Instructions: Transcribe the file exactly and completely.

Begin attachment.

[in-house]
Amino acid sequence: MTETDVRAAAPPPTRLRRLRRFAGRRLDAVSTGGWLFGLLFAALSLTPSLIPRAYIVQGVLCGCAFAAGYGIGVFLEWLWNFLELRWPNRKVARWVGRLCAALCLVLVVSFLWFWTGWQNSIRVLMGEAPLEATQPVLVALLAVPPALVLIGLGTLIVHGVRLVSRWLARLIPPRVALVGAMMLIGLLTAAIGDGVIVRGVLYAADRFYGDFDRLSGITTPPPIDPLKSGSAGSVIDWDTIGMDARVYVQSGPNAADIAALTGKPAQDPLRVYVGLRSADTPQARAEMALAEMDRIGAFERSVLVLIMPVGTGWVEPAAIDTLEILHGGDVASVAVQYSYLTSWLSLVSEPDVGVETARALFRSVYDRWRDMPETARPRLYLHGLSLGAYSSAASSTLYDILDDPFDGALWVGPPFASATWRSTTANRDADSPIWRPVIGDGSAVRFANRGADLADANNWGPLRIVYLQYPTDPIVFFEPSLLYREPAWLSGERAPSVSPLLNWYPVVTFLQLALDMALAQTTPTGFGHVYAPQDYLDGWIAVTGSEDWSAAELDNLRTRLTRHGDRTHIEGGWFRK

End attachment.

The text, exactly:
[in-house]
Amino acid sequence: MTETDVRAAAPPPTRLRRLRRFAGRRLDAVSTGGWLFGLLFAALSLTPSLIPRAYIVQGVLCGCAFAAGYGIGVFLEWLWNFLELRWPNRKVARWVGRLCAALCLVLVVSFLWFWTGWQNSIRVLMGEAPLEATQPVLVALLAVPPALVLIGLGTLIVHGVRLVSRWLARLIPPRVALVGAMMLIGLLTAAIGDGVIVRGVLYAADRFYGDFDRLSGITTPPPIDPLKSGSAGSVIDWDTIGMDARVYVQSGPNAADIAALTGKPAQDPLRVYVGLRSADTPQARAEMALAEMDRIGAFERSVLVLIMPVGTGWVEPAAIDTLEILHGGDVASVAVQYSYLTSWLSLVSEPDVGVETARALFRSVYDRWRDMPETARPRLYLHGLSLGAYSSAASSTLYDILDDPFDGALWVGPPFASATWRSTTANRDADSPIWRPVIGDGSAVRFANRGADLADANNWGPLRIVYLQYPTDPIVFFEPSLLYREPAWLSGERAPSVSPLLNWYPVVTFLQLALDMALAQTTPTGFGHVYAPQDYLDGWIAVTGSEDWSAAELDNLRTRLTRHGDRTHIEGGWFRK